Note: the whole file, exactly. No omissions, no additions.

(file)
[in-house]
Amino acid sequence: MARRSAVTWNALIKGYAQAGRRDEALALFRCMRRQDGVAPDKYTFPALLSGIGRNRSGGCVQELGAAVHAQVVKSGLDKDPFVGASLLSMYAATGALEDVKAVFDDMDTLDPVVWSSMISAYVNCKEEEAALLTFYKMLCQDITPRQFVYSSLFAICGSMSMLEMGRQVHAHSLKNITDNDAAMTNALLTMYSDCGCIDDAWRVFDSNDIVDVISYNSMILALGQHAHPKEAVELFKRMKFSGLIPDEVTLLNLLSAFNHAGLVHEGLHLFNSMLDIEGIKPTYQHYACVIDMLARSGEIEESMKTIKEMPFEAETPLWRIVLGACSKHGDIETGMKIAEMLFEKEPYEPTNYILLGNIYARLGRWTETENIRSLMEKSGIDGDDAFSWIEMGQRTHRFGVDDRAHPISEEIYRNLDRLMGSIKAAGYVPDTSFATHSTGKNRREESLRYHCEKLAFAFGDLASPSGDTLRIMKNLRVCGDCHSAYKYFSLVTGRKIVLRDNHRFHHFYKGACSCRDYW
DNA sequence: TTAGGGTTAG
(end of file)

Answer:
[in-house]
Amino acid sequence: MARRSAVTWNALIKGYAQAGRRDEALALFRCMRRQDGVAPDKYTFPALLSGIGRNRSGGCVQELGAAVHAQVVKSGLDKDPFVGASLLSMYAATGALEDVKAVFDDMDTLDPVVWSSMISAYVNCKEEEAALLTFYKMLCQDITPRQFVYSSLFAICGSMSMLEMGRQVHAHSLKNITDNDAAMTNALLTMYSDCGCIDDAWRVFDSNDIVDVISYNSMILALGQHAHPKEAVELFKRMKFSGLIPDEVTLLNLLSAFNHAGLVHEGLHLFNSMLDIEGIKPTYQHYACVIDMLARSGEIEESMKTIKEMPFEAETPLWRIVLGACSKHGDIETGMKIAEMLFEKEPYEPTNYILLGNIYARLGRWTETENIRSLMEKSGIDGDDAFSWIEMGQRTHRFGVDDRAHPISEEIYRNLDRLMGSIKAAGYVPDTSFATHSTGKNRREESLRYHCEKLAFAFGDLASPSGDTLRIMKNLRVCGDCHSAYKYFSLVTGRKIVLRDNHRFHHFYKGACSCRDYW
DNA sequence: TTAGGGTTAG